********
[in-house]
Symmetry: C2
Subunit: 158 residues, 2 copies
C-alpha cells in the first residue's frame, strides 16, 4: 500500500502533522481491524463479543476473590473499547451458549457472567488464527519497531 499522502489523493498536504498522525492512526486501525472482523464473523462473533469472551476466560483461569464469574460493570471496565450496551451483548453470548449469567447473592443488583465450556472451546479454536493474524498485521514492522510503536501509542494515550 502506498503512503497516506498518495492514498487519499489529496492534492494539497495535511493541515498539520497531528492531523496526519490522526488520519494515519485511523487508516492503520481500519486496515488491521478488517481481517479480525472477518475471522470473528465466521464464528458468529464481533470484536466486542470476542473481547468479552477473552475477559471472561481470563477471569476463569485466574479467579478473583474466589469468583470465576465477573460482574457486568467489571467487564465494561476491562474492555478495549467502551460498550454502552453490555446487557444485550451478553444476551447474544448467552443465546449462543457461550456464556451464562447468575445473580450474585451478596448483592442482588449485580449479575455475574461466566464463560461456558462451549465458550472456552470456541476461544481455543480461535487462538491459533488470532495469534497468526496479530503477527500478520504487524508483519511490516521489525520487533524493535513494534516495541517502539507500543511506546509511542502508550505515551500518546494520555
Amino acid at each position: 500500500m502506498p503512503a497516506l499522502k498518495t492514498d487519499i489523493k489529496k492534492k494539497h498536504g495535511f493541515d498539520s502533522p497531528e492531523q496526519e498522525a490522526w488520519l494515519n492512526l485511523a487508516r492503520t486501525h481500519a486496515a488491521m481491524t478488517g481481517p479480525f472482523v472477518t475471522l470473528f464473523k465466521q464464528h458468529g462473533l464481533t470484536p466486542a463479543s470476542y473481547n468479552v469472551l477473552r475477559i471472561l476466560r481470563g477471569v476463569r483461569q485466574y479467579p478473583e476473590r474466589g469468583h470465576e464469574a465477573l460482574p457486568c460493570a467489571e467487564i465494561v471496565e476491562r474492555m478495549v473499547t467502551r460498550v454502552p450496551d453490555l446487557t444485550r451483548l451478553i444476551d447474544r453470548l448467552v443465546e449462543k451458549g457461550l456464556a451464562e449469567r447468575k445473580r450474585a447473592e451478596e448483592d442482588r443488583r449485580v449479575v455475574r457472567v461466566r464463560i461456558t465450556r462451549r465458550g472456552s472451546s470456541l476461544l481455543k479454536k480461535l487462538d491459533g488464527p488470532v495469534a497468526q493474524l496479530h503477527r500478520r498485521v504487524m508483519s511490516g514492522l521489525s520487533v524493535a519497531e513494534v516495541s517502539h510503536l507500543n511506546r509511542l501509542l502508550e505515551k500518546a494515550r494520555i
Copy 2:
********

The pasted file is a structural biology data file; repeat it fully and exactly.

[in-house]
Symmetry: C2
Subunit: 158 residues, 2 copies
C-alpha cells in the first residue's frame, strides 16, 4: 500500500502533522481491524463479543476473590473499547451458549457472567488464527519497531 499522502489523493498536504498522525492512526486501525472482523464473523462473533469472551476466560483461569464469574460493570471496565450496551451483548453470548449469567447473592443488583465450556472451546479454536493474524498485521514492522510503536501509542494515550 502506498503512503497516506498518495492514498487519499489529496492534492494539497495535511493541515498539520497531528492531523496526519490522526488520519494515519485511523487508516492503520481500519486496515488491521478488517481481517479480525472477518475471522470473528465466521464464528458468529464481533470484536466486542470476542473481547468479552477473552475477559471472561481470563477471569476463569485466574479467579478473583474466589469468583470465576465477573460482574457486568467489571467487564465494561476491562474492555478495549467502551460498550454502552453490555446487557444485550451478553444476551447474544448467552443465546449462543457461550456464556451464562447468575445473580450474585451478596448483592442482588449485580449479575455475574461466566464463560461456558462451549465458550472456552470456541476461544481455543480461535487462538491459533488470532495469534497468526496479530503477527500478520504487524508483519511490516521489525520487533524493535513494534516495541517502539507500543511506546509511542502508550505515551500518546494520555
Amino acid at each position: 500500500m502506498p503512503a497516506l499522502k498518495t492514498d487519499i489523493k489529496k492534492k494539497h498536504g495535511f493541515d498539520s502533522p497531528e492531523q496526519e498522525a490522526w488520519l494515519n492512526l485511523a487508516r492503520t486501525h481500519a486496515a488491521m481491524t478488517g481481517p479480525f472482523v472477518t475471522l470473528f464473523k465466521q464464528h458468529g462473533l464481533t470484536p466486542a463479543s470476542y473481547n468479552v469472551l477473552r475477559i471472561l476466560r481470563g477471569v476463569r483461569q485466574y479467579p478473583e476473590r474466589g469468583h470465576e464469574a465477573l460482574p457486568c460493570a467489571e467487564i465494561v471496565e476491562r474492555m478495549v473499547t467502551r460498550v454502552p450496551d453490555l446487557t444485550r451483548l451478553i444476551d447474544r453470548l448467552v443465546e449462543k451458549g457461550l456464556a451464562e449469567r447468575k445473580r450474585a447473592e451478596e448483592d442482588r443488583r449485580v449479575v455475574r457472567v461466566r464463560i461456558t465450556r462451549r465458550g472456552s472451546s470456541l476461544l481455543k479454536k480461535l487462538d491459533g488464527p488470532v495469534a497468526q493474524l496479530h503477527r500478520r498485521v504487524m508483519s511490516g514492522l521489525s520487533v524493535a519497531e513494534v516495541s517502539h510503536l507500543n511506546r509511542l501509542l502508550e505515551k500518546a494515550r494520555i
Copy 2: